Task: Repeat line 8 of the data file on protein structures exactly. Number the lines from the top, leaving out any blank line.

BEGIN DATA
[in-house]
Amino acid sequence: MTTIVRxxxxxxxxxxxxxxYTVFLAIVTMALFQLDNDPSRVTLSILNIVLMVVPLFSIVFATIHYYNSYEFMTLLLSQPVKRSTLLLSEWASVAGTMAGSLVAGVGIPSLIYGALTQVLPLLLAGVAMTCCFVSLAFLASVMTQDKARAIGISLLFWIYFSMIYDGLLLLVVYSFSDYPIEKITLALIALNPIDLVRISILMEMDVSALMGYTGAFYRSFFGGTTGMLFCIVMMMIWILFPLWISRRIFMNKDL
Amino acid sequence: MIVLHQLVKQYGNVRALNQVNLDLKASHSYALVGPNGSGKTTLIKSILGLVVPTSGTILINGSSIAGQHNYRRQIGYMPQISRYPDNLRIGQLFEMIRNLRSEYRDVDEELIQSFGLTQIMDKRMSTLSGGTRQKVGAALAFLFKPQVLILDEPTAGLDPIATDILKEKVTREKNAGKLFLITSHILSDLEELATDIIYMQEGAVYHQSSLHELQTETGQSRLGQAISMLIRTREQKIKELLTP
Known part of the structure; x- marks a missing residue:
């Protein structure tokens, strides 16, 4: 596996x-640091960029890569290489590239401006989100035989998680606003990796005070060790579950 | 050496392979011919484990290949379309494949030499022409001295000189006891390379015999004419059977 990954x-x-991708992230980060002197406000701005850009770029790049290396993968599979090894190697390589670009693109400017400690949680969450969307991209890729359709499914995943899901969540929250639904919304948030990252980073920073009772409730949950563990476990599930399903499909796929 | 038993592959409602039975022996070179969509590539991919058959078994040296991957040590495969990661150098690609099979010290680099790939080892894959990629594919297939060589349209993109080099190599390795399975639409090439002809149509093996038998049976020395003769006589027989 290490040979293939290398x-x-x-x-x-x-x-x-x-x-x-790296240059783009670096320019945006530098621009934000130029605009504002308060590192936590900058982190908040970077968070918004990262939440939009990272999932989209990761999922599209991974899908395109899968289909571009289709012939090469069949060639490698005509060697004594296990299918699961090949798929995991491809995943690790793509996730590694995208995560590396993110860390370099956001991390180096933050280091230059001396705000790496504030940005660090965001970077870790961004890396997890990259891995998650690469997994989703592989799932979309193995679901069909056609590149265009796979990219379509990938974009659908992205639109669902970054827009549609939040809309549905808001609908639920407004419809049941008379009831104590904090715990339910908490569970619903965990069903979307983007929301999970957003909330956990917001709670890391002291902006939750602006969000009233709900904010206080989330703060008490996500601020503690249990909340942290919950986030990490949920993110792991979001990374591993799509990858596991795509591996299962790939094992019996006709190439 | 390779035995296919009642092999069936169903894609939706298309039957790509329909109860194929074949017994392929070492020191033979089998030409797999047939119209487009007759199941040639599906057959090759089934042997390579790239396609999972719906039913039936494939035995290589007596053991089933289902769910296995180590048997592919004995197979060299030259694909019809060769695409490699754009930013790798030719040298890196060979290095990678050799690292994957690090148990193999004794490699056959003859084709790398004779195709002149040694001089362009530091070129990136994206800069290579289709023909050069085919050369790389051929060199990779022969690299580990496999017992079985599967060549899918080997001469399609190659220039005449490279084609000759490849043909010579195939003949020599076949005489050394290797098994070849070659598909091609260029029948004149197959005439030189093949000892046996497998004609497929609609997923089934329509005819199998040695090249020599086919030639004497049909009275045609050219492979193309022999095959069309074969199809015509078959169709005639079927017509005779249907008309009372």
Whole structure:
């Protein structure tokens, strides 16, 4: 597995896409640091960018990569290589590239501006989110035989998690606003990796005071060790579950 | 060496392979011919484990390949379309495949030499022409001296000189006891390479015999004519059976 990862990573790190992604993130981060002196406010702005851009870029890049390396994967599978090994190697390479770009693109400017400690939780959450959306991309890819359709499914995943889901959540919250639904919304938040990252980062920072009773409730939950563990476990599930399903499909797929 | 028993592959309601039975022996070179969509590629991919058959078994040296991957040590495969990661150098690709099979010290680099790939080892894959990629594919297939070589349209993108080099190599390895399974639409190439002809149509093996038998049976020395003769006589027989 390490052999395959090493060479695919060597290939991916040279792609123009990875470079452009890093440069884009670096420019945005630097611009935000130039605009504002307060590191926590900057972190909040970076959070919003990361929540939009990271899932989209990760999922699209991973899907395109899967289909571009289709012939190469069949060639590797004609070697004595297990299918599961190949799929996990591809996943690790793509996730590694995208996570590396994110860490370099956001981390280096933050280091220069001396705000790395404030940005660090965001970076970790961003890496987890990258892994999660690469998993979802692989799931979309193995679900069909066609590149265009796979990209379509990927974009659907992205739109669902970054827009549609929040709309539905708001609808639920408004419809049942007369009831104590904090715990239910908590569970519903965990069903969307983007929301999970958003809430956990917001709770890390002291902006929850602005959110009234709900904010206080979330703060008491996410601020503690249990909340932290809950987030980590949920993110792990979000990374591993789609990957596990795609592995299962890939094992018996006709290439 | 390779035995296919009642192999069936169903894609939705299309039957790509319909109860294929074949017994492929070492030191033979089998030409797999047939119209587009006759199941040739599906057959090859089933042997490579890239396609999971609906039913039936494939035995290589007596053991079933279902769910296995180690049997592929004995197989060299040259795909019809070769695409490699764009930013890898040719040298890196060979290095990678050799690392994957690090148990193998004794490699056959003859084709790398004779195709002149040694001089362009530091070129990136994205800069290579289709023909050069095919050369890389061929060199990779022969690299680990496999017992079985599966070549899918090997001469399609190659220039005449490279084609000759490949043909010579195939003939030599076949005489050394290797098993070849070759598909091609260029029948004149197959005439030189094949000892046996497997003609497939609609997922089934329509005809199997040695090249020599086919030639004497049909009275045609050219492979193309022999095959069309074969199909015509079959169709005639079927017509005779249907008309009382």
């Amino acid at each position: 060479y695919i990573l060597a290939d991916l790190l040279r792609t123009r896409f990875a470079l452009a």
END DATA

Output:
């Amino acid at each position: 060479y695919i990573l060597a290939d991916l790190l040279r792609t123009r896409f990875a470079l452009a």